SharePoint Designer is available as a free download from Microsoft. For more information, including system requirements, see Microsoft SharePoint Designer 2010 (32-bit).

SharePoint Designer Customization Areas

The business solutions you can create in SharePoint Online by using SharePoint Designer fall into the following main types of solutions.

  • Interactive data-rich user interfaces

    With SharePoint Designer 2010, you can create powerful and dynamic user interfaces for your SharePoint data, and you can make them available in many places, including your SharePoint site and custom windows, panes, and fields in Microsoft Office business applications.

    The interfaces that you can create include custom views, forms, Web Parts, navigation, and custom Office client windows and task panes. This kind of flexibility enables you to create completely customized user experiences of your business data.

    You might combine multiple data sources into a single view, create dashboards with related item views, design custom forms tailored to individual roles, and customize the available toolbars and Server ribbon commands associated with the data.

  • Declarative workflows for managing business processes

    Every business process in an organization consists of a set of activities that are connected based on a common business need. SharePoint declarative workflows are designed around this model by providing rules-based workflows that consist of sets of conditions and actions. You organize and run a series of actions that correspond to a work process that is based on a sequence of conditions and actions.

    By using SharePoint Designer 2010, you can create declarative, rules-based workflows that manage the business processes in an organization. Workflows automate both business application processes and human collaborative processes. Workflows for business application processes might update one data source when another data source changes; and workflows for human collaborative processes might send a document to an employee's manager for approval.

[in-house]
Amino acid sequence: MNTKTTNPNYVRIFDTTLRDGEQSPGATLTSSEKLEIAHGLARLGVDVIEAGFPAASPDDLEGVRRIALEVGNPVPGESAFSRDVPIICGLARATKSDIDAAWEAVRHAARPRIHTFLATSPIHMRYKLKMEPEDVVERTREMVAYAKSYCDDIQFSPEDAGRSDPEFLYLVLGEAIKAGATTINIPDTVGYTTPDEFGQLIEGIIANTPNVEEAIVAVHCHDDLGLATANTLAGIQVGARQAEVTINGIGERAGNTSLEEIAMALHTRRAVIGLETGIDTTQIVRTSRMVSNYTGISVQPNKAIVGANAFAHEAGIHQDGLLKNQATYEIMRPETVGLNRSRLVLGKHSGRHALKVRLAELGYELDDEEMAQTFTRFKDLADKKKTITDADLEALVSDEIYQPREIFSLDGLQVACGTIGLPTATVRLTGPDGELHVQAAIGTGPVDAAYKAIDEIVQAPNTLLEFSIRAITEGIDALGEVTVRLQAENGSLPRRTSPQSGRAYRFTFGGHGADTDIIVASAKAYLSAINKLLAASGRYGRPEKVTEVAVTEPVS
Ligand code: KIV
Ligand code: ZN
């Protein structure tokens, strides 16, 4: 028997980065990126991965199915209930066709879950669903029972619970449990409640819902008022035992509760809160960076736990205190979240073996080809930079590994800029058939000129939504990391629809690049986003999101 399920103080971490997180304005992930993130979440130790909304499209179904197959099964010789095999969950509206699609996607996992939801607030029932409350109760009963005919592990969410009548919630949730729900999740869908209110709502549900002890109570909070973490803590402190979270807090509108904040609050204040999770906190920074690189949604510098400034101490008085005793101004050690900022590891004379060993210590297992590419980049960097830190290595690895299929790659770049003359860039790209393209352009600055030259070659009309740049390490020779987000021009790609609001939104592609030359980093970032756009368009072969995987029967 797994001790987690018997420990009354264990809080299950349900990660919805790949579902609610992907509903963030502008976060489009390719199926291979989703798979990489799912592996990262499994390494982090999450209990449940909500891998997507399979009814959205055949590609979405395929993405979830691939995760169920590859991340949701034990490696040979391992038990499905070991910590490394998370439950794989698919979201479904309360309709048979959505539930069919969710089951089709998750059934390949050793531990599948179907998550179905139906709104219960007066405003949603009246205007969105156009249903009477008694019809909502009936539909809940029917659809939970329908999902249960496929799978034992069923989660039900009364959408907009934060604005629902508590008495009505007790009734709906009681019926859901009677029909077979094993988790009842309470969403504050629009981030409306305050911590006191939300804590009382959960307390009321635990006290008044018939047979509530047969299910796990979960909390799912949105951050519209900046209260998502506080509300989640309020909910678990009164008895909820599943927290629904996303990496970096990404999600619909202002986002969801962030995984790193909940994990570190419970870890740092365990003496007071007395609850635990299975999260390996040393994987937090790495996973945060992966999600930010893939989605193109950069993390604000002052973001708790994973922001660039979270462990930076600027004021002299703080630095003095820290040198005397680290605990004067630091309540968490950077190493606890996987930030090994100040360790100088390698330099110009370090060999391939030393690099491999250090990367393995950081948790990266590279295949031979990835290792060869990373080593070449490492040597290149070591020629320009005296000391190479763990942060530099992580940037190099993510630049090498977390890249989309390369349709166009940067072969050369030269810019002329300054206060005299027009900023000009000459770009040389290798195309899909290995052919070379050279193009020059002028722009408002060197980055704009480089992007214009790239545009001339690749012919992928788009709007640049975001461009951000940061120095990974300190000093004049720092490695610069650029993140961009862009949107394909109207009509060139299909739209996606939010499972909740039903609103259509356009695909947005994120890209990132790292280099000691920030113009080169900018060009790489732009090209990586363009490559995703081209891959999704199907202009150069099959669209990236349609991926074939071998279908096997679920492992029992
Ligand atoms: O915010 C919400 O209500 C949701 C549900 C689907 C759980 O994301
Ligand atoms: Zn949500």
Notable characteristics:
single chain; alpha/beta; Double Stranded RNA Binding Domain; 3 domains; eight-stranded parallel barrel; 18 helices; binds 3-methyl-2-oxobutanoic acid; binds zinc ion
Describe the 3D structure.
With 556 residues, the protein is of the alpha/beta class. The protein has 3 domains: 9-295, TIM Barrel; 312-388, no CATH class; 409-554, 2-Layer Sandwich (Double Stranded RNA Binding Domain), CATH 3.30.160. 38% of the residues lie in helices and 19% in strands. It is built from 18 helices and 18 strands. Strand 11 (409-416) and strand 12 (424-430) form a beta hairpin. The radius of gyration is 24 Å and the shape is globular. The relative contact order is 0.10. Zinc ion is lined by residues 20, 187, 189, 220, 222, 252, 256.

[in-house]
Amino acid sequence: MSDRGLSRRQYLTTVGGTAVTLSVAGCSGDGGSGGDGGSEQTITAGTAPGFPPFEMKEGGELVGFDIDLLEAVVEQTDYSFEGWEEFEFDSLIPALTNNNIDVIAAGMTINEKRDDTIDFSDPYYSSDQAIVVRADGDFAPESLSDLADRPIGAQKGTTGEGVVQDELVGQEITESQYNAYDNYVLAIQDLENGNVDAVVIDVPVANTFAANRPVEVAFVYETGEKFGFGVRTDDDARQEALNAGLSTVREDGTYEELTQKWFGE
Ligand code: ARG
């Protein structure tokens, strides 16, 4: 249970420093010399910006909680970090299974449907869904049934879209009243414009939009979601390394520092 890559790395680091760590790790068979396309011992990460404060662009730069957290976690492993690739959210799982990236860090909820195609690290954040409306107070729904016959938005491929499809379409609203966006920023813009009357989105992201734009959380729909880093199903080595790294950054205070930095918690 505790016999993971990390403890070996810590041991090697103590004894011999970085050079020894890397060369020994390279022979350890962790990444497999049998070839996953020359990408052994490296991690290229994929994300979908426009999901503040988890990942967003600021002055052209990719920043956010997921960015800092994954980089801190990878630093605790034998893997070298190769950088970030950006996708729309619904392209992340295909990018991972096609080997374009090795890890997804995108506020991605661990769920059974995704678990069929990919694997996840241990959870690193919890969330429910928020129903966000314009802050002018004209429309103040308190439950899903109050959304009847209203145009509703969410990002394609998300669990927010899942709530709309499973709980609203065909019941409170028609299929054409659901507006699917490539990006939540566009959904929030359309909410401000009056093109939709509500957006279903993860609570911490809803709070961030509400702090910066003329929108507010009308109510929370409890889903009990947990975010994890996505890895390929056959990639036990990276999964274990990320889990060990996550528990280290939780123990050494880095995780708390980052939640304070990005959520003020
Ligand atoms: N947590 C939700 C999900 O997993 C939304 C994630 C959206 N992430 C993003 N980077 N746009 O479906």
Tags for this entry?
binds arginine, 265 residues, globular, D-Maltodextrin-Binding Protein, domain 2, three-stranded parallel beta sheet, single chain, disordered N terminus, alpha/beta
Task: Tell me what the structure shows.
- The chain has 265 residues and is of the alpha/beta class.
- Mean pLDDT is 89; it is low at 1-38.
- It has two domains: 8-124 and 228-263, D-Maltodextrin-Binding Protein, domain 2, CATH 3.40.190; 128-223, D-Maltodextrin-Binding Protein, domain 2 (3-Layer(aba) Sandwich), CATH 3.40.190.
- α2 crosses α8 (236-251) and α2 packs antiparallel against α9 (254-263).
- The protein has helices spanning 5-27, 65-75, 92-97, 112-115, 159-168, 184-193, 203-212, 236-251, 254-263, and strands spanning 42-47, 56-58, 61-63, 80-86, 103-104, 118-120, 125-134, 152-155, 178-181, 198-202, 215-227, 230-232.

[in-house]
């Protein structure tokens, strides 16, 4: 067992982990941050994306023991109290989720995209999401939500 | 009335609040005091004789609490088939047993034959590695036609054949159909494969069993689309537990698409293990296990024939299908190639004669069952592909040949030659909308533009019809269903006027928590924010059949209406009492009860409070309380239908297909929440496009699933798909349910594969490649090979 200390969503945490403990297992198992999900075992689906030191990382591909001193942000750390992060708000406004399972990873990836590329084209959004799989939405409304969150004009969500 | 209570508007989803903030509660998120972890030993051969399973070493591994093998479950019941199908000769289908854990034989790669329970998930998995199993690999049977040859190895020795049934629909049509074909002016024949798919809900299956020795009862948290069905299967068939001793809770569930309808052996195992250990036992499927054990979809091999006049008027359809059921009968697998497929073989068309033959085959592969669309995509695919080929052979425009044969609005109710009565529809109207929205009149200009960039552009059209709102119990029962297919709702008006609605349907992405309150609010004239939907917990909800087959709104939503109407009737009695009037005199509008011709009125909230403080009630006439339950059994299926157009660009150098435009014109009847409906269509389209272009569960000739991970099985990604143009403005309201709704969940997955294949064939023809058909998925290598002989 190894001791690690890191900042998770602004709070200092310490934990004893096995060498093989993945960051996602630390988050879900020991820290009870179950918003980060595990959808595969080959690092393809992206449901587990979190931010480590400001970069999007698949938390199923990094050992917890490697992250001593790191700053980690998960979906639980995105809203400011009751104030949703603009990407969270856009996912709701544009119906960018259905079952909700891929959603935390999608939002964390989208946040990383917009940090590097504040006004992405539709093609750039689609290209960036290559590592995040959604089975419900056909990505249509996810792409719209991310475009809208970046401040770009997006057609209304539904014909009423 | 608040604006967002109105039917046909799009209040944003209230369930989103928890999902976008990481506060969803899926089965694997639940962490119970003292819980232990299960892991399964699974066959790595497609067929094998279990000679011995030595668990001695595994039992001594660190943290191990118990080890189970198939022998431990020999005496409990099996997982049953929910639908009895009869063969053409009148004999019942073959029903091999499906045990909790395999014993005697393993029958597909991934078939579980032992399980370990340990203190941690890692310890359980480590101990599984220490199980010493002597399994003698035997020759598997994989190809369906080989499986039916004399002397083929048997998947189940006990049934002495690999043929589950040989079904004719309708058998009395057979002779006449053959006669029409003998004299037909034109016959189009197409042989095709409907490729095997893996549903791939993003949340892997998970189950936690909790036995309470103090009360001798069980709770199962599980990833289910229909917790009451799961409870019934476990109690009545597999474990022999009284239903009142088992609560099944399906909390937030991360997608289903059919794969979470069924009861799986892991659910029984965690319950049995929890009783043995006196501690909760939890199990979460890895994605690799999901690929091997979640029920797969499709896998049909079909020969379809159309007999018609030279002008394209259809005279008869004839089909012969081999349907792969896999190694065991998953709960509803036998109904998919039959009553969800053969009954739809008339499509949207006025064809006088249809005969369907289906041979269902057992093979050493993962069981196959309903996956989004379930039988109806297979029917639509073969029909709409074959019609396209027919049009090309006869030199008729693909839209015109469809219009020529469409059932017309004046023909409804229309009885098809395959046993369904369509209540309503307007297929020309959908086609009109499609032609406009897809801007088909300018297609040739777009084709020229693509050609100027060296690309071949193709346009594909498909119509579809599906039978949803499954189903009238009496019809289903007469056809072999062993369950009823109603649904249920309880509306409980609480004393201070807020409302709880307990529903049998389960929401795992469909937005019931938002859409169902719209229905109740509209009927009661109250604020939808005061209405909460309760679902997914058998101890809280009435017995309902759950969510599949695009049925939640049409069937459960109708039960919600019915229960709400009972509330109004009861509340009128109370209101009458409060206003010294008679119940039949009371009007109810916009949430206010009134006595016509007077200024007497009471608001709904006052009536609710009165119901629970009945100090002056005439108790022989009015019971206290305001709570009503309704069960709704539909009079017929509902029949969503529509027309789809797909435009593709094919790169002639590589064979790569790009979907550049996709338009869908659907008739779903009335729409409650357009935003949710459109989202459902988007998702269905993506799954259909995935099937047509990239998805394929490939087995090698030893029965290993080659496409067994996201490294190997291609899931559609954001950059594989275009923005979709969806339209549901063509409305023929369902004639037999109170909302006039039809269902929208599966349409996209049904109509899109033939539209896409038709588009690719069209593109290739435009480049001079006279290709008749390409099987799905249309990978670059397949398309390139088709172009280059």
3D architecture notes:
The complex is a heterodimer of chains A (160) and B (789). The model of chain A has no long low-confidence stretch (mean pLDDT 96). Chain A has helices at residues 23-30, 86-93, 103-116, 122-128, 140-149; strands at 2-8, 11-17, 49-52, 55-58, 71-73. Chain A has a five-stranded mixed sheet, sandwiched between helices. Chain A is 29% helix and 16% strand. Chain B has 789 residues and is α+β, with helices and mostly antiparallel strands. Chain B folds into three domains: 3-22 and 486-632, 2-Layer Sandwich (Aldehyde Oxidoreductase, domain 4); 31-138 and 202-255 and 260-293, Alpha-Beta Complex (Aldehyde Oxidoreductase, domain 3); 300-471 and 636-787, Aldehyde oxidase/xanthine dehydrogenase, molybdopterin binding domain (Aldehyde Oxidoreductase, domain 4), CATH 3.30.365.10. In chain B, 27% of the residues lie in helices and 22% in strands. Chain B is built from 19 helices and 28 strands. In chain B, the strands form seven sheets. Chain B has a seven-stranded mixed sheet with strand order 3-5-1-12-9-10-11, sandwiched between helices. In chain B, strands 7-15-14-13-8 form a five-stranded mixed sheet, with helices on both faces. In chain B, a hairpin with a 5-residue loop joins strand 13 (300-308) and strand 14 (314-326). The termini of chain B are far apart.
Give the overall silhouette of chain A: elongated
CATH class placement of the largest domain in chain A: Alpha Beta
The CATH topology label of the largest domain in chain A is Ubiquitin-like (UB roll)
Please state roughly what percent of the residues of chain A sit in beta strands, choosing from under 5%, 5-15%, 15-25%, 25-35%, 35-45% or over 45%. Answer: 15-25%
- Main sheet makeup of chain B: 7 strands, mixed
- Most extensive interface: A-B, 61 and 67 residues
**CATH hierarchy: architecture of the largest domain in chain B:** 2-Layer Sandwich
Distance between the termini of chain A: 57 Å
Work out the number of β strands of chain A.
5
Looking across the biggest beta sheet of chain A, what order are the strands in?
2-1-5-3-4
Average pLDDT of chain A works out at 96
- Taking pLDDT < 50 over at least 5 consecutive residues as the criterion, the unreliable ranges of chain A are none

The declarative workflows you can build in SharePoint Designer introduce application logic to your business processes without requiring you to write code. This is made possible by the workflow designer in SharePoint Designer 2010, which allows nested logic, substeps, and more. Alternatively, you can design and share workflows by using Microsoft Visio 2010 with its flowchart templates that can be exported to SharePoint Designer 2010.

  • Connections to data that is inside or outside of SharePoint

    With SharePoint Designer 2010, you can connect to numerous data sources, and then integrate that data into your site and Office client applications. Your users, as a result, can see and interact with business data on your site and from within the programs you choose instead of connecting to those data sources separately.

    Directly from the ribbon, you can connect to an external database, SOAP service, REST (Representational State Transfer) service, and more. Connecting to data sources is a powerful feature of SharePoint Designer 2010 because there are so many supported options you can use to make data available to your users. With data connections, you can bring together lists and libraries, external databases and data sources via OLE DB or ODBC protocols, XML web services via SOAP, and more.